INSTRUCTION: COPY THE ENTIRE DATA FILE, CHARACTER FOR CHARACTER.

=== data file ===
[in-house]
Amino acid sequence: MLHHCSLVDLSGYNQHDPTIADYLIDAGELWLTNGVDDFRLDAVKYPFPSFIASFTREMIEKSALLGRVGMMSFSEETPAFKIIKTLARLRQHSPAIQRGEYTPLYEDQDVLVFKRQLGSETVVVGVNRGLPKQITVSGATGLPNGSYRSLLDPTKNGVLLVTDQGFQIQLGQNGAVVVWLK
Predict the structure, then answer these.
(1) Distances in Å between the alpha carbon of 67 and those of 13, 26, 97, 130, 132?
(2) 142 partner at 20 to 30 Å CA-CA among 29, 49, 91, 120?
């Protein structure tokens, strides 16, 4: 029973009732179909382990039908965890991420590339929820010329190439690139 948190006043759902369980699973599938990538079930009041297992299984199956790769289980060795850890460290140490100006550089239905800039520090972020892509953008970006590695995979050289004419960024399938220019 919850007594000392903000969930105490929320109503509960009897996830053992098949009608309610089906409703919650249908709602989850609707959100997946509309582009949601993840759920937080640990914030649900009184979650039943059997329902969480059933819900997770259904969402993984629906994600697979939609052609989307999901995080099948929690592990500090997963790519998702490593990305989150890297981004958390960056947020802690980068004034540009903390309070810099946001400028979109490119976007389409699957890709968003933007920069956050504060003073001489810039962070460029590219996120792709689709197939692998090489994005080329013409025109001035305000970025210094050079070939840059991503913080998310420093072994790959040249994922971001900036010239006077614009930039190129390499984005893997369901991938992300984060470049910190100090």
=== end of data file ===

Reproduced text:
[in-house]
Amino acid sequence: MLHHCSLVDLSGYNQHDPTIADYLIDAGELWLTNGVDDFRLDAVKYPFPSFIASFTREMIEKSALLGRVGMMSFSEETPAFKIIKTLARLRQHSPAIQRGEYTPLYEDQDVLVFKRQLGSETVVVGVNRGLPKQITVSGATGLPNGSYRSLLDPTKNGVLLVTDQGFQIQLGQNGAVVVWLK
Predict the structure, then answer these.
(1) Distances in Å between the alpha carbon of 67 and those of 13, 26, 97, 130, 132?
(2) 142 partner at 20 to 30 Å CA-CA among 29, 49, 91, 120?
């Protein structure tokens, strides 16, 4: 029973009732179909382990039908965890991420590339929820010329190439690139 948190006043759902369980699973599938990538079930009041297992299984199956790769289980060795850890460290140490100006550089239905800039520090972020892509953008970006590695995979050289004419960024399938220019 919850007594000392903000969930105490929320109503509960009897996830053992098949009608309610089906409703919650249908709602989850609707959100997946509309582009949601993840759920937080640990914030649900009184979650039943059997329902969480059933819900997770259904969402993984629906994600697979939609052609989307999901995080099948929690592990500090997963790519998702490593990305989150890297981004958390960056947020802690980068004034540009903390309070810099946001400028979109490119976007389409699957890709968003933007920069956050504060003073001489810039962070460029590219996120792709689709197939692998090489994005080329013409025109001035305000970025210094050079070939840059991503913080998310420093072994790959040249994922971001900036010239006077614009930039190129390499984005893997369901991938992300984060470049910190100090």